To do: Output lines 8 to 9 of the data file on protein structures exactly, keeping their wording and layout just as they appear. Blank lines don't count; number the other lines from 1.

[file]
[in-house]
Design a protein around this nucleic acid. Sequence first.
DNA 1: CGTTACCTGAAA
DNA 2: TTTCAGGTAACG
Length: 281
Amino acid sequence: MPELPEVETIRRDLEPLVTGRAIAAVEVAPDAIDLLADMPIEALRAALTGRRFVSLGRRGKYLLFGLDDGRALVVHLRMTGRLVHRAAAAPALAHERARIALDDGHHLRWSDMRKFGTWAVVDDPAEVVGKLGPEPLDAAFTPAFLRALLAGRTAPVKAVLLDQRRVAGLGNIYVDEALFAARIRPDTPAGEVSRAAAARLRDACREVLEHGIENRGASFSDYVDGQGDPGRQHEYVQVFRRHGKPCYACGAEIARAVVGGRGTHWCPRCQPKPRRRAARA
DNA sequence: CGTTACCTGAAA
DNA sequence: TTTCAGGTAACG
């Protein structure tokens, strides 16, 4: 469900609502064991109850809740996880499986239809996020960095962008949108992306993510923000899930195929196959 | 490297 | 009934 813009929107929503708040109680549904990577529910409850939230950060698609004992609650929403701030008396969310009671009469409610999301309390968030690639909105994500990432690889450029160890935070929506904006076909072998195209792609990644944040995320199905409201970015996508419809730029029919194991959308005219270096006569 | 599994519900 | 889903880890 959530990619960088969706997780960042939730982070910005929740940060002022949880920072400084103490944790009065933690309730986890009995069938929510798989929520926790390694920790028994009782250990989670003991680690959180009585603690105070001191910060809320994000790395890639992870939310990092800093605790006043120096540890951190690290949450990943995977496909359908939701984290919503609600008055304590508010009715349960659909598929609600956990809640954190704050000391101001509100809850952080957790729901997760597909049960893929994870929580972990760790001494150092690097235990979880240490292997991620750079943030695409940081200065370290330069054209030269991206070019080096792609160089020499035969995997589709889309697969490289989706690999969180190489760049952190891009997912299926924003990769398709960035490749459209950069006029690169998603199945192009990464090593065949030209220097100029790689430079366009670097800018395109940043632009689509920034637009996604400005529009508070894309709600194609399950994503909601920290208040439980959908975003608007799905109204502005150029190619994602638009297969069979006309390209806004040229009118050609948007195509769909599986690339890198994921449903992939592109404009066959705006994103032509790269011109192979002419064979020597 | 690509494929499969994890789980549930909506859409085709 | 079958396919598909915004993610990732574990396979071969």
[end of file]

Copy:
DNA sequence: TTTCAGGTAACG
């Protein structure tokens, strides 16, 4: 469900609502064991109850809740996880499986239809996020960095962008949108992306993510923000899930195929196959 | 490297 | 009934 813009929107929503708040109680549904990577529910409850939230950060698609004992609650929403701030008396969310009671009469409610999301309390968030690639909105994500990432690889450029160890935070929506904006076909072998195209792609990644944040995320199905409201970015996508419809730029029919194991959308005219270096006569 | 599994519900 | 889903880890 959530990619960088969706997780960042939730982070910005929740940060002022949880920072400084103490944790009065933690309730986890009995069938929510798989929520926790390694920790028994009782250990989670003991680690959180009585603690105070001191910060809320994000790395890639992870939310990092800093605790006043120096540890951190690290949450990943995977496909359908939701984290919503609600008055304590508010009715349960659909598929609600956990809640954190704050000391101001509100809850952080957790729901997760597909049960893929994870929580972990760790001494150092690097235990979880240490292997991620750079943030695409940081200065370290330069054209030269991206070019080096792609160089020499035969995997589709889309697969490289989706690999969180190489760049952190891009997912299926924003990769398709960035490749459209950069006029690169998603199945192009990464090593065949030209220097100029790689430079366009670097800018395109940043632009689509920034637009996604400005529009508070894309709600194609399950994503909601920290208040439980959908975003608007799905109204502005150029190619994602638009297969069979006309390209806004040229009118050609948007195509769909599986690339890198994921449903992939592109404009066959705006994103032509790269011109192979002419064979020597 | 690509494929499969994890789980549930909506859409085709 | 079958396919598909915004993610990732574990396979071969």